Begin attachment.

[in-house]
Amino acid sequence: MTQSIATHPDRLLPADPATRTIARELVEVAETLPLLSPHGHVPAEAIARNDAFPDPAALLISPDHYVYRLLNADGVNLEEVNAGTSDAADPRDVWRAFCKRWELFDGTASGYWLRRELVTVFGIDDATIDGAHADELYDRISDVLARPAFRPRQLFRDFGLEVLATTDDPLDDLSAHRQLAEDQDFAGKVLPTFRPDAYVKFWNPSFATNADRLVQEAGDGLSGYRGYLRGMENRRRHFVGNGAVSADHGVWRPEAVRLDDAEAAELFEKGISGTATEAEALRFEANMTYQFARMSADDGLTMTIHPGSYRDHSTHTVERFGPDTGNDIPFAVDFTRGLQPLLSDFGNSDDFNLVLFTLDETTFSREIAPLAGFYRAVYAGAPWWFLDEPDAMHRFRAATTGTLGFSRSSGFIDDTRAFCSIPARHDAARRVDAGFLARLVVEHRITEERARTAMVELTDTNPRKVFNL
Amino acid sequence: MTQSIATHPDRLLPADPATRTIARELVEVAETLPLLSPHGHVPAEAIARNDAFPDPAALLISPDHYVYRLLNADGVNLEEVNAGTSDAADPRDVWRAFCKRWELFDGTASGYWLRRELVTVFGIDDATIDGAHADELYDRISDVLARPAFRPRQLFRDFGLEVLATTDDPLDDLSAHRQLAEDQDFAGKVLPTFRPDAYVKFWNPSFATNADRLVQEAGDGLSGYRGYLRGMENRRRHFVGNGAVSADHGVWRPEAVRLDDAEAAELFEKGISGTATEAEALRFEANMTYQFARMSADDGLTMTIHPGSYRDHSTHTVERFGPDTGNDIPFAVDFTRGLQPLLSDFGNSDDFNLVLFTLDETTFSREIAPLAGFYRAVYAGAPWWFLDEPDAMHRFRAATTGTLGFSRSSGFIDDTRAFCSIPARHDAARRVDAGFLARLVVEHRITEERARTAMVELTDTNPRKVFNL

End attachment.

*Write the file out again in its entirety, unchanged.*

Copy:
[in-house]
Amino acid sequence: MTQSIATHPDRLLPADPATRTIARELVEVAETLPLLSPHGHVPAEAIARNDAFPDPAALLISPDHYVYRLLNADGVNLEEVNAGTSDAADPRDVWRAFCKRWELFDGTASGYWLRRELVTVFGIDDATIDGAHADELYDRISDVLARPAFRPRQLFRDFGLEVLATTDDPLDDLSAHRQLAEDQDFAGKVLPTFRPDAYVKFWNPSFATNADRLVQEAGDGLSGYRGYLRGMENRRRHFVGNGAVSADHGVWRPEAVRLDDAEAAELFEKGISGTATEAEALRFEANMTYQFARMSADDGLTMTIHPGSYRDHSTHTVERFGPDTGNDIPFAVDFTRGLQPLLSDFGNSDDFNLVLFTLDETTFSREIAPLAGFYRAVYAGAPWWFLDEPDAMHRFRAATTGTLGFSRSSGFIDDTRAFCSIPARHDAARRVDAGFLARLVVEHRITEERARTAMVELTDTNPRKVFNL
Amino acid sequence: MTQSIATHPDRLLPADPATRTIARELVEVAETLPLLSPHGHVPAEAIARNDAFPDPAALLISPDHYVYRLLNADGVNLEEVNAGTSDAADPRDVWRAFCKRWELFDGTASGYWLRRELVTVFGIDDATIDGAHADELYDRISDVLARPAFRPRQLFRDFGLEVLATTDDPLDDLSAHRQLAEDQDFAGKVLPTFRPDAYVKFWNPSFATNADRLVQEAGDGLSGYRGYLRGMENRRRHFVGNGAVSADHGVWRPEAVRLDDAEAAELFEKGISGTATEAEALRFEANMTYQFARMSADDGLTMTIHPGSYRDHSTHTVERFGPDTGNDIPFAVDFTRGLQPLLSDFGNSDDFNLVLFTLDETTFSREIAPLAGFYRAVYAGAPWWFLDEPDAMHRFRAATTGTLGFSRSSGFIDDTRAFCSIPARHDAARRVDAGFLARLVVEHRITEERARTAMVELTDTNPRKVFNL